Words, Friends, and Words With Friends: How to Win, Whatever Your Score

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I love words. And word games. And my friends. And my Mom. And my Aunt and cousin. By playing Words With Friends on my phone, I find a way to combine all these loves every day.

And as a somewhat introverted ‘word geek,’ I not only love the challenge of using my vocabulary, along with various strategies I’ve acquired to play the game well – I also love keeping in touch without leaving my house or making a phone call.

I’m able to stay connected while also happily living my reclusive life at the same time. And I can do what I’m good at, which is everything to do with words, and with competing with myself only, to keep getting better.

My Mom and I even use our daily multiple games to keep in touch, and to keep track of each other. We know each others’ routines fairly well, so if one of us doesn’t send words within a few hours of when they’re expected, we get a text making sure we’re okay!

Playing “Words” Bring out the Best and Worst in Me.

I am grateful and amazed that my friends and family keep playing with me, even though I fairly frequently beat them, sometimes hard. And instead of hating me, (though my Dad has reported that sometimes he hears my Mom calling me names under her breath), they congratulate me on those 90 point words, praise me for how I play, and keep coming back for more.

Something I can (mostly) feel good about too is that they also keep getting better, which keeps me growing, and shows that I’m teaching and sharing my knowledge of and love for words, and the game, with others.

I also have one or two players who frequently beat me quite soundly, which keeps me humble, gives me empathy for what it feels like, and continually challenges me to do better.

I’ve never been someone who cares all that much about winning or losing. And I don’t think of myself as highly competitive, except against myself. I always want to do better and beat my record. But I have found that this game tends to bring out my competitive side, and I behave much more assertively in this space than I do in life.

I often find myself apologizing for drawing the high card, getting the better word, or otherwise doing something that might, however unintended, make the other person feel bad. Even with “Words” I sometimes feel sheepish if I win by 100 points, (which, by the way, happens much less often, now that most of my opponent/friends are on to me and learning, literally, how to beat me at my own game).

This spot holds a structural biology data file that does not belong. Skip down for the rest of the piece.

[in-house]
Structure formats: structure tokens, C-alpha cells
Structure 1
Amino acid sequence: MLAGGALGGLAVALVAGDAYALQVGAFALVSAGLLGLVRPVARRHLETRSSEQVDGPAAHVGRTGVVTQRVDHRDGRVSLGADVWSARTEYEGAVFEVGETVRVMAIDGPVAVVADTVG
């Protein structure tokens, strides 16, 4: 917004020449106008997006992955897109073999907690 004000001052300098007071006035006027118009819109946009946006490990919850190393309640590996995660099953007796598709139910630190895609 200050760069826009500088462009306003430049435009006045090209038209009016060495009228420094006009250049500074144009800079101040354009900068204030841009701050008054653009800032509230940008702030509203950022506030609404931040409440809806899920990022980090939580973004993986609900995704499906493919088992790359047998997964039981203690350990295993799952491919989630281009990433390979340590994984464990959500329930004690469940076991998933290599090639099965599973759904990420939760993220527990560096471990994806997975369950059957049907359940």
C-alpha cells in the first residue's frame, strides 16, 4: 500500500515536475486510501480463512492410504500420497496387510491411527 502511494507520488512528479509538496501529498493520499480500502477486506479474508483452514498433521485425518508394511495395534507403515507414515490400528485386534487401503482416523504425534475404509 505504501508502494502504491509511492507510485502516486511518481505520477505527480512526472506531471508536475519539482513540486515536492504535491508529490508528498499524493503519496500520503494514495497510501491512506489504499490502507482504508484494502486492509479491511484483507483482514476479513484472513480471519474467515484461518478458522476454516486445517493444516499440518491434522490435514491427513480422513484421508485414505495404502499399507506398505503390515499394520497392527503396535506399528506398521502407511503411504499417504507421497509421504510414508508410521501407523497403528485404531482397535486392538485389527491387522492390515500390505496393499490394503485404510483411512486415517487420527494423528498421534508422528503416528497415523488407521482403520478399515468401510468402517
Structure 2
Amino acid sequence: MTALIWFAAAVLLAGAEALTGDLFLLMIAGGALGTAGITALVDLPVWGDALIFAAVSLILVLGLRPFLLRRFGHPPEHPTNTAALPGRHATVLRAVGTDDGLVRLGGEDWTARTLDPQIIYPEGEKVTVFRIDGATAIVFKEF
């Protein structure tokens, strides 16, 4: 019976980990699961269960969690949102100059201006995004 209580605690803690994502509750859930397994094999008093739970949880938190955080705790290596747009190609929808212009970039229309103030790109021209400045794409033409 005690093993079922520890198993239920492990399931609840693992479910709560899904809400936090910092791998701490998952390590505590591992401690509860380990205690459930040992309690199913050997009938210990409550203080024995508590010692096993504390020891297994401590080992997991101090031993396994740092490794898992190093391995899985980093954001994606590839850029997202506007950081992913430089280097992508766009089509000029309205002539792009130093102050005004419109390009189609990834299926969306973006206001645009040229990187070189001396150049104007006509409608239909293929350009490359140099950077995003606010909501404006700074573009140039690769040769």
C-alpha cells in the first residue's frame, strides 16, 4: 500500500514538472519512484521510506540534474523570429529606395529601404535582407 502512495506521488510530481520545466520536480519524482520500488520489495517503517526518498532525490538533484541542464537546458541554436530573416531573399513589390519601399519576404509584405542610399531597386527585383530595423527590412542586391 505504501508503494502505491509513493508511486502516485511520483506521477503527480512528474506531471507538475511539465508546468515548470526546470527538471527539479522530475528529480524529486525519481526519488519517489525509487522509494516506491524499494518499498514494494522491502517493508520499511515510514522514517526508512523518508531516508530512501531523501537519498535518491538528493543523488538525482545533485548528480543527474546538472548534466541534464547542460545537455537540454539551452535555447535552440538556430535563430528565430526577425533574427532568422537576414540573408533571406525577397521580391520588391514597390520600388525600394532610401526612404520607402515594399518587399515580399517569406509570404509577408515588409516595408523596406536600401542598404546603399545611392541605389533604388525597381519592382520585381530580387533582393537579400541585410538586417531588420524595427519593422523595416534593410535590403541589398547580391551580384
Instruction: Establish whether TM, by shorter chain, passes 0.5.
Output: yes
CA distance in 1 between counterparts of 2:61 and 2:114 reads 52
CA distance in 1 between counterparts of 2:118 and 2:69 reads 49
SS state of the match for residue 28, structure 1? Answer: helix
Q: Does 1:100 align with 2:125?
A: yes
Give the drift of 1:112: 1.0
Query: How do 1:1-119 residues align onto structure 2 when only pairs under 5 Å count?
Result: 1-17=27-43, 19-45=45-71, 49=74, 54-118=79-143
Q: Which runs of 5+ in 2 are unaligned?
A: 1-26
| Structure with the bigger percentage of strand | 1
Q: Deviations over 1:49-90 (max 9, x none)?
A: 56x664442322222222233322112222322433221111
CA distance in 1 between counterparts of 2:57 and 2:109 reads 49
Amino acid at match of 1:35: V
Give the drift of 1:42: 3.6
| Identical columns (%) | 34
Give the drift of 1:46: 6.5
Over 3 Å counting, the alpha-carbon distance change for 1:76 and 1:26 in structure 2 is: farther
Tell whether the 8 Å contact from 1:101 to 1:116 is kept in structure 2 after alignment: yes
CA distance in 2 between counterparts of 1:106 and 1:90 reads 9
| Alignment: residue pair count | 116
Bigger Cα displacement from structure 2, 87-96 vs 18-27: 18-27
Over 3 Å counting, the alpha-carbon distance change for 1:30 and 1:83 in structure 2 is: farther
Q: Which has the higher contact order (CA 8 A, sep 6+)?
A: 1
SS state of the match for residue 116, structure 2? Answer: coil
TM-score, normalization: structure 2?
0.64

But still I find that a different personality comes out when I play. Though I still care more about the friends I play with than winning, or even my score, I do get more competitive than I usually am. I’m always trying to beat my best score, my average score and other stats.

The game shows you your own stats on various details of the game, and when I found out I was only playing 90 something percent of 2 letter words, I set out to learn, and play,  more of them, and somehow I reached 100%. I also keep trying to increase the number of “unique words played” and of JQXZ words, which means sometimes straying from the tried, true and convenient to challenge myself to expand my game-related vocabulary, and use more of my regular vocabulary as well.

The Good and Bad of Playing, and How it Affects my Work.

The downside is obvious, especially when I’m working from home. It’s far too easy to let my ‘breaks’ expand into my work time. I try to at least turn off notifications on my phone, so there isn’t the siren song of the game calling me when I’m supposed to be doing other things.

But I do think playing a few words makes for great short breaks throughout the day, which can, when used right, actually increase productivity. I also think my mindset when I play – that of continually wanting to rise to the challenge, learn new skills, and keep trying to beat my own records – may also help me face the challenges and unknowns involved in running and marketing my new business.

I’ll try to view it as a game, a fun challenge, something to keep doing a little better at, a little at a time. Just like I’ve found that meeting new, small challenges in my daily workouts – learn how to turn on the balance beam, increase the minutes I jog instead of walk, and so on have helped give me confidence that I can meet other challenges, in life and work, meeting challenges in the game can also stretch my brain, and my comfort zone, and what I feel is possible for me to do.

A Very Few Words about Strategy in Words with Friends

It’s important to have fun, with words and with friends, to gain vocabulary, and to be balanced rather than to over-analyze all the strategies just to win. It’s about learning and connecting, not just scoring points.